Department style guide
There are two main ways of citing work in essays. Click each heading for more.
Every essay should be provided with a bibliography which guides your reader to the sources you have used.
Approach 1: Author-Date Referencing System
References in the text in brackets, not in footnotes.
Approach 2: Footnotes
References in footnotes, not in the main text.
General Style Conventions
When you type your essays, use double-spacing and do not leave a line between paragraphs: indent the first line of each paragraph instead. Number the pages (if writing double-sided, each side has a number). Make sure you submit your essay with all the pages in the correct order.
Footnotes are indicated in the text with superscript number.1 They should be placed after a punctuation mark, e.g. a comma or full stop.
No full points in abbreviations, e.g. UK, USA
Numerals and Dates
Use elided numbers for pages and dates, e.g. 25–8, 136–42; but 12–16, 1980–81, 1914–18. Use numerals for percentages, measurement and for ages, e.g. 25%, 12km, 5m, 10 years old. For other numbers in text, write out in full between one and ten; thereafter use numerals (e.g. 11 and up).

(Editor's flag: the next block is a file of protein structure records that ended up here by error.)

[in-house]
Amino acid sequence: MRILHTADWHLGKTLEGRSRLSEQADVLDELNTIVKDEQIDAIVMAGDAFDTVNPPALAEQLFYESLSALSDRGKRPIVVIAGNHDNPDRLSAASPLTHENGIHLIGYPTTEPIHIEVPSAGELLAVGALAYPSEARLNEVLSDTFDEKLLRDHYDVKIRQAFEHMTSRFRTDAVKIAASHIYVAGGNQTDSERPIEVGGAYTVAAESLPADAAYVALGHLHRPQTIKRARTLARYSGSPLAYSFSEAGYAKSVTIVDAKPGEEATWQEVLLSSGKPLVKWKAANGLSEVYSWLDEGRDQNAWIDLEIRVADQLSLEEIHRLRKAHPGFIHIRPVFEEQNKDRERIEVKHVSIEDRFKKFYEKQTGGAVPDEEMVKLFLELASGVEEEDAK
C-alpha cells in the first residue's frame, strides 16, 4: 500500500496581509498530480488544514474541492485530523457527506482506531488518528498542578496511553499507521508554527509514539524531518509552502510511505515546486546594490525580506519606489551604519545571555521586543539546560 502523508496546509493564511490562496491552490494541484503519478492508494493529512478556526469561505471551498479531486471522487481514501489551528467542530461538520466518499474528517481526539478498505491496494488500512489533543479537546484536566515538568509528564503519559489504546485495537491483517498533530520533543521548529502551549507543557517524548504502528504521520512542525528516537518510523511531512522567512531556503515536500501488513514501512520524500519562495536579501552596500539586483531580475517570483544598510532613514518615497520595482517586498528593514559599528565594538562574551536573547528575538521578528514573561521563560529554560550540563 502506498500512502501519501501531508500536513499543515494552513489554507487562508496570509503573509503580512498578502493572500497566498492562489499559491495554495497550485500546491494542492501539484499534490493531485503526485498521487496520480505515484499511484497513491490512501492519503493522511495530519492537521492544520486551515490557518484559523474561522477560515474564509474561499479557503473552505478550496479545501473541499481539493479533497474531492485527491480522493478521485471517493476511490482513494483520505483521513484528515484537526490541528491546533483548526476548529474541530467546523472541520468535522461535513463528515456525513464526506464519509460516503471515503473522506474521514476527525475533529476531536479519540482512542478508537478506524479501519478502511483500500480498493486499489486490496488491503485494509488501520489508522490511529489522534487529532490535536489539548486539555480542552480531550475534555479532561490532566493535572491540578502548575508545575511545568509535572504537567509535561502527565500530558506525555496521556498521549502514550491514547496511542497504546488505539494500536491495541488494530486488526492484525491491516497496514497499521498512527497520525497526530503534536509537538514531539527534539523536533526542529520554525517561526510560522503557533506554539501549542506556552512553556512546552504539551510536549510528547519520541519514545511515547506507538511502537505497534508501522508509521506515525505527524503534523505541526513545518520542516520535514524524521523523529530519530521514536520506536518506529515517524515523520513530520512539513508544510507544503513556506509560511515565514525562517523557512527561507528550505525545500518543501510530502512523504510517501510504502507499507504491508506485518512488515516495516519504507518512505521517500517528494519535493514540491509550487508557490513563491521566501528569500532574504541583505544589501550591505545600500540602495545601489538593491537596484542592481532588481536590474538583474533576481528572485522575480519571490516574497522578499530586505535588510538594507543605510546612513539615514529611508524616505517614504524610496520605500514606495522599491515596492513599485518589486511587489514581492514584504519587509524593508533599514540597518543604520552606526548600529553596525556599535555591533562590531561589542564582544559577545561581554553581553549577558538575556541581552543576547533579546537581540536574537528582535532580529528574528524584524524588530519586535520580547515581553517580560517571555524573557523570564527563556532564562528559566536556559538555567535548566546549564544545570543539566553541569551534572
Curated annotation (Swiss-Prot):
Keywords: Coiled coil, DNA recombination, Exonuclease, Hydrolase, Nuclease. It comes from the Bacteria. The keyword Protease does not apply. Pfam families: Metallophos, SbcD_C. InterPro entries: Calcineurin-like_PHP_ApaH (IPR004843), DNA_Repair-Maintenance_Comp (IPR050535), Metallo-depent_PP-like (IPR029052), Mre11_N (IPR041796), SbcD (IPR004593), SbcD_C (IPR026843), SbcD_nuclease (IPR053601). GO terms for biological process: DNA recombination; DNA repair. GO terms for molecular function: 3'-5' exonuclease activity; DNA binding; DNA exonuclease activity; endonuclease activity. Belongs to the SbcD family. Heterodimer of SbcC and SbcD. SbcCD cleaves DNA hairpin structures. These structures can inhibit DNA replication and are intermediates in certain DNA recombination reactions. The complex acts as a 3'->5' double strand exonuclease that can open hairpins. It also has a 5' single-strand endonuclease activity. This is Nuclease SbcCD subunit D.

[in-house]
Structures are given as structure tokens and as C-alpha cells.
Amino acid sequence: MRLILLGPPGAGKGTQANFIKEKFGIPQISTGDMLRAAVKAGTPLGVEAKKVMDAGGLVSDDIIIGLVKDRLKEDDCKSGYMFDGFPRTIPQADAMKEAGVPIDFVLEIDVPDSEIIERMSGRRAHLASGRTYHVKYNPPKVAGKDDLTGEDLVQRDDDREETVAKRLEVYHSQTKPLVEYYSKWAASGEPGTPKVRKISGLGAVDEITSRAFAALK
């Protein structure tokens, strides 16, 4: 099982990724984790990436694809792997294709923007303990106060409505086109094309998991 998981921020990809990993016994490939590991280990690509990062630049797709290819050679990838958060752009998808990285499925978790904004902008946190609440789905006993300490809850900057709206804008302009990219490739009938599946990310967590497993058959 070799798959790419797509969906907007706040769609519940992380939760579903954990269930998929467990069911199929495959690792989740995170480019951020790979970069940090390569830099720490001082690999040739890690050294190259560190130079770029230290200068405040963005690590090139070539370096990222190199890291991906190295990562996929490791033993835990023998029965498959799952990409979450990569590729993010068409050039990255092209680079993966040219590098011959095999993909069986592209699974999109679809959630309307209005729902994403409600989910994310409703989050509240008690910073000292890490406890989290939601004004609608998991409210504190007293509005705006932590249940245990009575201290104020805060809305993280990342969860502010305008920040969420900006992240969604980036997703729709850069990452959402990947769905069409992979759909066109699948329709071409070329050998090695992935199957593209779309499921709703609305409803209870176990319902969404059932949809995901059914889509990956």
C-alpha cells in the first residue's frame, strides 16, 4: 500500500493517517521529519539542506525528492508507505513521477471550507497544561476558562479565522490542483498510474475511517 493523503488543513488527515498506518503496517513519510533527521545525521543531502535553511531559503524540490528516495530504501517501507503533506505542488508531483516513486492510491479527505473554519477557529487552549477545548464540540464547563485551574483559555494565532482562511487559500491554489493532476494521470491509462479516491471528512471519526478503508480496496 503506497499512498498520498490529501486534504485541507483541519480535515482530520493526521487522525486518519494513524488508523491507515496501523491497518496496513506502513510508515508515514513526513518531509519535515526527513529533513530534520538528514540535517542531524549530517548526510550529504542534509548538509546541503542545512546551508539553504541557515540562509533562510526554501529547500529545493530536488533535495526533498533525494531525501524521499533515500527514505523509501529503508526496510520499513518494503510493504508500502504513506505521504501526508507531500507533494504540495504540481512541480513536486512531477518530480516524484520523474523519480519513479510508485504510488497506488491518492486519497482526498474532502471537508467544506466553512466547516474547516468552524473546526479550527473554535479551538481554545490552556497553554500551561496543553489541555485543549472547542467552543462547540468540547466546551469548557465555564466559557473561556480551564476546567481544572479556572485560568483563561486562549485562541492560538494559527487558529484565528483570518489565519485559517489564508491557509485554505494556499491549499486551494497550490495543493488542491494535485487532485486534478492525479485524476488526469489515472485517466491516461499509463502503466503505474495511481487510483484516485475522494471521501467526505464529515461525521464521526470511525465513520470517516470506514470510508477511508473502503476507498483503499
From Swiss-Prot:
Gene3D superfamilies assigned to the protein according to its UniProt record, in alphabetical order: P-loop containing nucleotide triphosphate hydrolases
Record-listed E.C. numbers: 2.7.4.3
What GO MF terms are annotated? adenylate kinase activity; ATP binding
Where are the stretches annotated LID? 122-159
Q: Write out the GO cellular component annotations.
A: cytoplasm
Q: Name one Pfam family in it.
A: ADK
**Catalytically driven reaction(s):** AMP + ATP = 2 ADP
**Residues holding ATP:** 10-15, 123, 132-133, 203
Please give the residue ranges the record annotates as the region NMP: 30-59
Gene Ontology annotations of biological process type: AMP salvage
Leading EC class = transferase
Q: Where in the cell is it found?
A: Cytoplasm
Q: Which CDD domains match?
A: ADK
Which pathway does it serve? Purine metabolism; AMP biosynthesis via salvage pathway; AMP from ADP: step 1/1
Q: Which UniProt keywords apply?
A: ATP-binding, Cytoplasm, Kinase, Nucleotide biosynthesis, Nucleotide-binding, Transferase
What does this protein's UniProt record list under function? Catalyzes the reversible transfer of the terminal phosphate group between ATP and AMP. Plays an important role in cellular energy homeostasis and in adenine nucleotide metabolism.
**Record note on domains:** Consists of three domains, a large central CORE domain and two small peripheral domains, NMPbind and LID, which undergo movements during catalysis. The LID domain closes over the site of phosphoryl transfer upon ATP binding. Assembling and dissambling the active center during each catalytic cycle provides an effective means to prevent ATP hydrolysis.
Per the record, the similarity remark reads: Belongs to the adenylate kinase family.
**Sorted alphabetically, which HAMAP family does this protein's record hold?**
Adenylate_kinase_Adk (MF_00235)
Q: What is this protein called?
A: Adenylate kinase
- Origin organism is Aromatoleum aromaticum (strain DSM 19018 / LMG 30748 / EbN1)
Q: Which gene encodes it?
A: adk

In the nineteenth century
Non-English words in the main text
Use *italics* every time a non-English term/word appears.
Proper nouns (e.g. names of people, places, etc) in non-English languages are not italicised.
Titles of compositions should be in ‘single quotation marks’, whatever the language. Titles of compilations (of compositions) should be in italics. Titles which are just genre names or tempo marks should be just in upper-case. Subtitles or nicknames should be in single inverted commas and (if at the end of the title) in parenthesis.
Titles of songs should be in ‘single quotation marks’. Titles of albums should be in italics.
Titles of book chapters should be in ‘single quotation marks’. Titles of books should be in italics. This includes book titles in ANY language, including English.
Titles of journal articles and chapters should be in single quotation marks but NOT italicised. This also applies to the references section.
Generally, it is uncommon to use both quotation marks AND italics. The only possible exception is when a title of a book is quoted in the title of an article, for example:
‘References to music in A Midsummer Night's Dream’
Highlighting English words
‘Quotation marks’ or italics may occasionally be used for English words for emphasis. If your meaning is not clear without these embellishments, you may wish to try rewriting the sentence.
Images and Captions
Use “Figure” for pictures, diagrams, and line drawings, “Table” for tabulated information, and “Example” for musical excerpts. Please ensure that the reader is directed to these materials in the body of the text. Number your Figures, Tables, and Examples in the order they are mentioned in the text.
Use “[ ]” for editorial interventions in quotations, “ . . . ” for omissions, and “[sic]” if necessary to indicate accurate transcriptions. Any original ellipses or emphases should be indicated as such. Set out long quotations in the text.